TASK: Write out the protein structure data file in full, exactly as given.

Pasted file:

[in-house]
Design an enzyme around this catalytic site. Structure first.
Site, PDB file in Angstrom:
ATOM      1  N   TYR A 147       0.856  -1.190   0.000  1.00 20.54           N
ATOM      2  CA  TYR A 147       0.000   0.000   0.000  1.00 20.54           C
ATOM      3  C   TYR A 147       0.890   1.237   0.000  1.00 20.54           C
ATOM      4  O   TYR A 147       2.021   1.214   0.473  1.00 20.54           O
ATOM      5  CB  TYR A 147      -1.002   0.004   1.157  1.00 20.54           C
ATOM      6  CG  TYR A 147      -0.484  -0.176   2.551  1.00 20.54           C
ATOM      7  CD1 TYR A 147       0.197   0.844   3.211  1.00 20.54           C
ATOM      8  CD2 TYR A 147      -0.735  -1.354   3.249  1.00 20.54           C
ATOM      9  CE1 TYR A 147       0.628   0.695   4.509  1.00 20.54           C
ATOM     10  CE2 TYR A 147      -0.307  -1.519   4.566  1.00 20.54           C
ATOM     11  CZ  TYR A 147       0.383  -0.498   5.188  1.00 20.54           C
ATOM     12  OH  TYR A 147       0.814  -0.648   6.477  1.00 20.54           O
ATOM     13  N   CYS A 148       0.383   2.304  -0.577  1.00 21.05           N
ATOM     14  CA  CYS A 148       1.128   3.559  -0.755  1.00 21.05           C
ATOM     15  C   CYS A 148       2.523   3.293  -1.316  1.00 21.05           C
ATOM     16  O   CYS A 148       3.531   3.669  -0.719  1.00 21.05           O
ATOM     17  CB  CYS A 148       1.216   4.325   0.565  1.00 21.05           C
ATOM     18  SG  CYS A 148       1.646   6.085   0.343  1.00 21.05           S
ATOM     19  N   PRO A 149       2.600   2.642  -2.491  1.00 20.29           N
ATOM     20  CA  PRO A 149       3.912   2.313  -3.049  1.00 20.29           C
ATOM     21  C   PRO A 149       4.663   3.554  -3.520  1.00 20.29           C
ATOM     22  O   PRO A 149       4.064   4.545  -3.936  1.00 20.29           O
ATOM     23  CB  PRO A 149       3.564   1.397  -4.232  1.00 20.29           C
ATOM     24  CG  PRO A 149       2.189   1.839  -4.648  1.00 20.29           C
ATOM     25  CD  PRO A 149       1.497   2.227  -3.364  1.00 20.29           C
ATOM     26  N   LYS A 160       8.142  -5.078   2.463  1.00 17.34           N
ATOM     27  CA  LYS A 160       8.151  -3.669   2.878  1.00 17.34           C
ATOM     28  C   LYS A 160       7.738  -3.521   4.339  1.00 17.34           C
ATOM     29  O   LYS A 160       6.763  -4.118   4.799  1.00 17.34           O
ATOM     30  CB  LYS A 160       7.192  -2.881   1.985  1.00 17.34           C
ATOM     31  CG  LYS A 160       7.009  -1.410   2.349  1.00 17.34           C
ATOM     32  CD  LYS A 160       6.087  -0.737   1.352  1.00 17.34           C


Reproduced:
[in-house]
Design an enzyme around this catalytic site. Structure first.
Site, PDB file in Angstrom:
ATOM      1  N   TYR A 147       0.856  -1.190   0.000  1.00 20.54           N
ATOM      2  CA  TYR A 147       0.000   0.000   0.000  1.00 20.54           C
ATOM      3  C   TYR A 147       0.890   1.237   0.000  1.00 20.54           C
ATOM      4  O   TYR A 147       2.021   1.214   0.473  1.00 20.54           O
ATOM      5  CB  TYR A 147      -1.002   0.004   1.157  1.00 20.54           C
ATOM      6  CG  TYR A 147      -0.484  -0.176   2.551  1.00 20.54           C
ATOM      7  CD1 TYR A 147       0.197   0.844   3.211  1.00 20.54           C
ATOM      8  CD2 TYR A 147      -0.735  -1.354   3.249  1.00 20.54           C
ATOM      9  CE1 TYR A 147       0.628   0.695   4.509  1.00 20.54           C
ATOM     10  CE2 TYR A 147      -0.307  -1.519   4.566  1.00 20.54           C
ATOM     11  CZ  TYR A 147       0.383  -0.498   5.188  1.00 20.54           C
ATOM     12  OH  TYR A 147       0.814  -0.648   6.477  1.00 20.54           O
ATOM     13  N   CYS A 148       0.383   2.304  -0.577  1.00 21.05           N
ATOM     14  CA  CYS A 148       1.128   3.559  -0.755  1.00 21.05           C
ATOM     15  C   CYS A 148       2.523   3.293  -1.316  1.00 21.05           C
ATOM     16  O   CYS A 148       3.531   3.669  -0.719  1.00 21.05           O
ATOM     17  CB  CYS A 148       1.216   4.325   0.565  1.00 21.05           C
ATOM     18  SG  CYS A 148       1.646   6.085   0.343  1.00 21.05           S
ATOM     19  N   PRO A 149       2.600   2.642  -2.491  1.00 20.29           N
ATOM     20  CA  PRO A 149       3.912   2.313  -3.049  1.00 20.29           C
ATOM     21  C   PRO A 149       4.663   3.554  -3.520  1.00 20.29           C
ATOM     22  O   PRO A 149       4.064   4.545  -3.936  1.00 20.29           O
ATOM     23  CB  PRO A 149       3.564   1.397  -4.232  1.00 20.29           C
ATOM     24  CG  PRO A 149       2.189   1.839  -4.648  1.00 20.29           C
ATOM     25  CD  PRO A 149       1.497   2.227  -3.364  1.00 20.29           C
ATOM     26  N   LYS A 160       8.142  -5.078   2.463  1.00 17.34           N
ATOM     27  CA  LYS A 160       8.151  -3.669   2.878  1.00 17.34           C
ATOM     28  C   LYS A 160       7.738  -3.521   4.339  1.00 17.34           C
ATOM     29  O   LYS A 160       6.763  -4.118   4.799  1.00 17.34           O
ATOM     30  CB  LYS A 160       7.192  -2.881   1.985  1.00 17.34           C
ATOM     31  CG  LYS A 160       7.009  -1.410   2.349  1.00 17.34           C
ATOM     32  CD  LYS A 160       6.087  -0.737   1.352  1.00 17.34           C